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Themroc (1973)

Original Title : Themroc
Director : Claude Faraldo
Writer : Claude Faraldo
Genre : Comedy
Country : France
Language : No Dialogues
Producer : Fran√ßois de Lannurien , Hel√®ne Vager
Music : Harald Maury
Photography : Jean-Marc Ripert
Distributor : Abaton
IMDB ID : 0069369
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poster for "Themroc" by Claude Faraldo (1973)
Themroc (1973) - Claude Faraldo
 

Starring

¬Michel Piccoli Anonymous worker
¬B√©atrice Romand La soeur de Themroc
¬Maril√Ļ Tolo La secr√©taire
¬Francesca Romana Coluzzi La voisine
¬Jeanne Herviale La m√®re de Themroc
¬Jean Aron Un ouvrier/Le patron hargneux/Le voisin/Le flic
¬St√©phane Bouy Le jeune voisin/Un ouvrier/Un flic
¬Madeleine Damien Le ma√ßon
¬Fran√ois Dyrek Un policier
¬Michel Fortin Un ouvrier/Un CRS
¬G√©g√© Un ouvrier
¬Jean-Michel Haas La jeune voisine
¬Catherine Mitry Le tailleur de crayons (as Jean Herbert
¬Roger Riffard 
¬Sotha 
 

Plot

Themroc is a French film by director Claude Faraldo. It was released in 1973. Made on a low budget with no intelligible dialog, Themroc tells the story of a French blue collar worker who rebels against modern society, reverting into an urban caveman. The film's scenes of incest and cannibalism earned it adults-only ratings, and it featured in the UK's Channel 4's red triangle series of controversial films.
 

Comments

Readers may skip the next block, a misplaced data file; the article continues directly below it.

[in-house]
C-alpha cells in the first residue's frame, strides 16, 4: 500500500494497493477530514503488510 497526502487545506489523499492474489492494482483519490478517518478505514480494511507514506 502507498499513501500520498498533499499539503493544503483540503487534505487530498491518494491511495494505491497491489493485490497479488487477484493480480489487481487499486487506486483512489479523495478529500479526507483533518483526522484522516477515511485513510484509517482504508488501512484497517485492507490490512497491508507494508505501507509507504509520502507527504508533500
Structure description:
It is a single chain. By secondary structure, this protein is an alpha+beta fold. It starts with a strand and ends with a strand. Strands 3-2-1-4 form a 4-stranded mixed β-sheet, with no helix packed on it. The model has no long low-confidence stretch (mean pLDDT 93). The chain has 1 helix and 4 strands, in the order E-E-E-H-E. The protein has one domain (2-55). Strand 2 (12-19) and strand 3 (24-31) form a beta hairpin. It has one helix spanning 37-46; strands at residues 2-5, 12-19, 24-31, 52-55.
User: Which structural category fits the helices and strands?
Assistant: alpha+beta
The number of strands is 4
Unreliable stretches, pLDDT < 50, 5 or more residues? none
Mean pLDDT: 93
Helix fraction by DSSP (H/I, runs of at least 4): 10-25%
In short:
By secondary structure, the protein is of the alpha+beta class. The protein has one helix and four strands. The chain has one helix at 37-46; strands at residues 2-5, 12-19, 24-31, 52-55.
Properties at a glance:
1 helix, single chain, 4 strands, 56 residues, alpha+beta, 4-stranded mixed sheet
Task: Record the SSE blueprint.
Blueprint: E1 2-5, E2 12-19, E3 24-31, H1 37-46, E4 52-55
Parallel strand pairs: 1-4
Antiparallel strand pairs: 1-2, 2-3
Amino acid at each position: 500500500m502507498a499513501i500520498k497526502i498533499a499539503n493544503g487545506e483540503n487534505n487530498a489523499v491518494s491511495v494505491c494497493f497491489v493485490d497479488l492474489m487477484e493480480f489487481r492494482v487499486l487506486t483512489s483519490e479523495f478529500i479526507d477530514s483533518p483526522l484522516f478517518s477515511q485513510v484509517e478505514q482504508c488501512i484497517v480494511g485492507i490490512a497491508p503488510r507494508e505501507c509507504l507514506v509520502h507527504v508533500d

Captures the absurdity of everyday life in a repressive social order, and portrays the infectious poetic revolt ..., 27 December 2006 Author: unruhlee from Oakland, California This film is hilarious. It is inspiring. It captures the absurdity of everyday life in a repressive social order, and portrays the infectious poetic revolt of one man who "goes mad" against authority in every form.It',s interesting that the strategy of liberation in the film revolves around a very personal and playful attack on the architecture most immediate to our lives. This destruction and transformation of space is accompanied by a kind of sexual revolution, disrupting bourgeois family dynamics in a contagious way. Readers may recognize the resonance of these themes with the theory and agitation of the Situationist International, the revolutionary / avant-garde organization credited with sparking the revolt of May 1968 in France. Five years previous to Themroc',s release, millions of people actually did occupy public spaces including universities and factories, creating "passionally superior ambiances" in many cases, armed to a significant extent with Situationist ideas, graffiti slogans from which plastered Paris.Not that seeing Themroc is any substitute for actively engaging the rigorous revolutionary theory of the S.I. (see www.bopsecrets.org). But the film is in a way a dream-like rendition of the Situationist vision of changing life. And in fact, there is a passing reference to Themroc in "Can Dialectics Break Bricks?", a film by Situationist René Vienet: when the hero of that film is confronting the "bureaucrats", some onlookers comment something to the effect that "wow, that guy must have seen Themroc."